If you do get into an accident in the winter, having a snow shovel and cat litter can help you if you’re stuck in the snow. First dig your car out and then sprinkle some cat litter for better traction.

TIP: Keep a few hand and feet warmers in your purse or glove compartment. They easily activate by shaking.

3. Why road flares are good to have in a car emergency kit

Road flares (or LED flares) are universally known as distress signals. They are helpful for reducing traffic speed and moving traffic away from a collision. If you have an accident in bad weather conditions, or in a dangerous area with a blind curve or a non-existent shoulder, you might consider using flares.

Make sure you read the instructions before using them.

4. How often should you check your roadside emergency kit?

You should review the items in your roadside emergency kit every six months. Take an inventory of what you have, if anything has expired or needs replacing. Make sure your chargers are fully charged and any seasonal items have been added or removed.

You never know when you could get into an accident or have mechanical problems. This is why every driver should have a roadside emergency kit stored in their vehicle. Hopefully, having tools handy can help you get your car get back up and running. And if your situation is more severe, you’ll have a few survival essentials to keep you safe.

TIP: Most of these items can also be used for your home emergency kit.

What to put in a roadside emergency kit
Play: What to put in a roadside emergency kit
Open <What to put in a roaside emergency kit> text transcript

[Sound of car starting and car door closing while graphics of emergency kit items come onto the screen]
[On-screen text: How to be ready for anything
Roadside Emergency Kit]

[Cheerful upbeat music while a blue toy car comes onto the screen]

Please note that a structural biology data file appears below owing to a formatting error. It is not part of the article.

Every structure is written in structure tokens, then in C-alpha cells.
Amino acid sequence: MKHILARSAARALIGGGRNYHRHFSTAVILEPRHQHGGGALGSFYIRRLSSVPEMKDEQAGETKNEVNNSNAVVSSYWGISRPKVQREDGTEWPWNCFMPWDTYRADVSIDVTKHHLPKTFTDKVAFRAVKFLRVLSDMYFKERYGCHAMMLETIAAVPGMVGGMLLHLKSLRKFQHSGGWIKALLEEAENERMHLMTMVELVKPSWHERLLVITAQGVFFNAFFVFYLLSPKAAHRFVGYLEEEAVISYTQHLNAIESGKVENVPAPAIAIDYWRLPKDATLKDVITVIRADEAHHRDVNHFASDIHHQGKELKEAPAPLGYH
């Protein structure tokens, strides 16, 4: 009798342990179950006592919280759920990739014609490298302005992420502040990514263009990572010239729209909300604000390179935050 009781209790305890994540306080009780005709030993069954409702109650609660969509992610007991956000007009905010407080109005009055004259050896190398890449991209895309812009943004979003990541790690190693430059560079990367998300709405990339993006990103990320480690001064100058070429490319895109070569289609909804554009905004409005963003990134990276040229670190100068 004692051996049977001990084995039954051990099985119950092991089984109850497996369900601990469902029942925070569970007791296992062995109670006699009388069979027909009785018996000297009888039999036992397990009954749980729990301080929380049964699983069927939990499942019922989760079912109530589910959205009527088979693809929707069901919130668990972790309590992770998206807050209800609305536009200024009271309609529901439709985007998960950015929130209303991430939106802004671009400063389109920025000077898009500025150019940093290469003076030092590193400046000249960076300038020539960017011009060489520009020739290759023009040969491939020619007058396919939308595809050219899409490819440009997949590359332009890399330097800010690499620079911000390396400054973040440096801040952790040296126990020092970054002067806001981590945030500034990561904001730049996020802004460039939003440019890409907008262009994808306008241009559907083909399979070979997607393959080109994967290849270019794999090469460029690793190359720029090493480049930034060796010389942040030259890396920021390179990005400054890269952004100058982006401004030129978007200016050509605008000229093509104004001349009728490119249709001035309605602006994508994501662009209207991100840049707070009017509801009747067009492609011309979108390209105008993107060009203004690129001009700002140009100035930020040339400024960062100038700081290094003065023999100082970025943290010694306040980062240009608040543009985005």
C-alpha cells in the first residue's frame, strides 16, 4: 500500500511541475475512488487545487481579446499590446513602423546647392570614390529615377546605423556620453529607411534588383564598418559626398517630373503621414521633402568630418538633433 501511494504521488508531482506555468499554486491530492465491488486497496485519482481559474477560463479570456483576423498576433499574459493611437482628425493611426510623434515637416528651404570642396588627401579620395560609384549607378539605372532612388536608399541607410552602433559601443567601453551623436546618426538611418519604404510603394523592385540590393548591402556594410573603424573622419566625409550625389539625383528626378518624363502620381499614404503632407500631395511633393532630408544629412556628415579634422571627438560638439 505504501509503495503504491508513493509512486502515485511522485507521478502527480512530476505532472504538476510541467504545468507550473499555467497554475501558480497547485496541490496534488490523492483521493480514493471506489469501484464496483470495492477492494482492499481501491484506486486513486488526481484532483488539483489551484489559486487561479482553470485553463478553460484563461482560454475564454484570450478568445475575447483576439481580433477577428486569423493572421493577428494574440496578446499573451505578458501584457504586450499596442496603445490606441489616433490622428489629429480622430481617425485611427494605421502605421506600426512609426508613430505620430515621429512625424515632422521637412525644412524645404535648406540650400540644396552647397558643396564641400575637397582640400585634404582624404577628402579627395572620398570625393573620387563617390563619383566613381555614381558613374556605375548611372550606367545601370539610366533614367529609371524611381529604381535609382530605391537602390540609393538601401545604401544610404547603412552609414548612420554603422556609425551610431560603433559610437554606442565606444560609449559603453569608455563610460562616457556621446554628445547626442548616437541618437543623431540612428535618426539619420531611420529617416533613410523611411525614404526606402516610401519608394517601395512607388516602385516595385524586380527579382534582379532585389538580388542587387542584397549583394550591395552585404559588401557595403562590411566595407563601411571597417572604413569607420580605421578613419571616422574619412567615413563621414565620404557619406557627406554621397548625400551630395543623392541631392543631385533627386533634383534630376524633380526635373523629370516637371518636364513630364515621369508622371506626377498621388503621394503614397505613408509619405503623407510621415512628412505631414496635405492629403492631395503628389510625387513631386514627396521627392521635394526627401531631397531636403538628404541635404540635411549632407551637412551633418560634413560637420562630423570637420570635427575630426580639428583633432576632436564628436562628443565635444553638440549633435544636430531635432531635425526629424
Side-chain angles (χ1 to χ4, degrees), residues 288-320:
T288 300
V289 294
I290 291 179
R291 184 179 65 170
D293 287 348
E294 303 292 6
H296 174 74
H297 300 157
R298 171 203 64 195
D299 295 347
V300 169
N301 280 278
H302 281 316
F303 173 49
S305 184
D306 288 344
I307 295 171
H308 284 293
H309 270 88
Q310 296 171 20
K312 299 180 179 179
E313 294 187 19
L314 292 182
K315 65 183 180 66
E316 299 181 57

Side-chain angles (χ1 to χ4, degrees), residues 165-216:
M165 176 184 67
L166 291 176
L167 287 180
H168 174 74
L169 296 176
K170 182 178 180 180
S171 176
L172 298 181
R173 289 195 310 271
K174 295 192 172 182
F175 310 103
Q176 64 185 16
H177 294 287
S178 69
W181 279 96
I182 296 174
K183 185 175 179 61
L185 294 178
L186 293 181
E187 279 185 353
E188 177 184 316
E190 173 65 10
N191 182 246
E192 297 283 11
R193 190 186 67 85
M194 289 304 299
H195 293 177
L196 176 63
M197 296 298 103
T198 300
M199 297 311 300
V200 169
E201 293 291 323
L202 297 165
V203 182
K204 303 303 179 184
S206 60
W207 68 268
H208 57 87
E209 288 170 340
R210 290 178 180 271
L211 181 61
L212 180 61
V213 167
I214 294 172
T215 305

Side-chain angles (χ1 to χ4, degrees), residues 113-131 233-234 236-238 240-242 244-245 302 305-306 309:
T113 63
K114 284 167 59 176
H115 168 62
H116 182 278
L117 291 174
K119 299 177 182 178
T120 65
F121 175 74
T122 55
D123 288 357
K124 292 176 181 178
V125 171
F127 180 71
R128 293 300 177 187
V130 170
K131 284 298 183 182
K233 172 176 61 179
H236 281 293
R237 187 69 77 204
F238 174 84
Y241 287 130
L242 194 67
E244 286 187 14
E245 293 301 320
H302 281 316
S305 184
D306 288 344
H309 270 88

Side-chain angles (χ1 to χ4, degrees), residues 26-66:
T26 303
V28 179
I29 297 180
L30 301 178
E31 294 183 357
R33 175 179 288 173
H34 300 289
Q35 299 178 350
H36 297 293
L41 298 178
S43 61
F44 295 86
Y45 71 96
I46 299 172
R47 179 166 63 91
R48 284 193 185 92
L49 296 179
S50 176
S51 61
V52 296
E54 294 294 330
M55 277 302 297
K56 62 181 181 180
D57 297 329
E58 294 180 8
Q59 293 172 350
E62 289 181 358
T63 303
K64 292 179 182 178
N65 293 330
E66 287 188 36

[On-screen text: Knowing you’re ready for anything is empowering.
One of the best ways to be prepared is to have an emergency car kit.]

[Sound of wind howling while snow piles onto the blue toy car on screen]
[On-screen text: Not sure what to put in your emergency car kit?
A few suggestions…]

[Cheerful upbeat music while graphics of a road flare and reflective triangles comes onto the screen]
[On-screen text: Road flares or reflective triangles]

[Cheerful upbeat music while graphics of a battery-operated flashlight comes onto the screen]
[On-screen text: A battery-operated flashlight]

[Cheerful upbeat music while graphic of a phone charger comes onto the screen]
[On-screen text: You should also have a phone charger]

[Cheerful upbeat music while the blue toy car windshield wipers the snow off the windshield.]
[On-screen text: A few tools you might need…]

[Cheerful upbeat music while graphics of 10 ft. jumper cables, a small tool kit, a tire repair kit and pump, gloves, a multipurpose utility tool, and duct tape come onto the screen]
[On-screen text: 10 ft jumper cables
A small tool kit
A tire repair kit and pump
A multipurpose utility tool
Duct tape]

[Cheerful upbeat music while the blue toy car sits in the snow]
[On-screen text: Stuck? A small shovel and cat litter for traction (yes, we said cat litter)]

[Cheerful upbeat music while graphics of a warm blanket, bottled water, a rain poncho, matches and long-burning candles come onto the screen]
[On-screen text: While you’re waiting for help to arrive:
A warm blanket
Bottled water
A rain poncho
Matches and long-burning candles]

[Cheerful upbeat music while all the emergency graphics come onto the screen]
[On-screen text: Keep it all together…
Keep your emergency kit in a durable canvas bag, backpack or a small carry-on bag – whatever works best!]

[Cheerful upbeat music while the blue toy car drives across the road]
[On-screen text: For road trips or commuting to work, an emergency kit will help you be ready for anything. + Sonnet logo]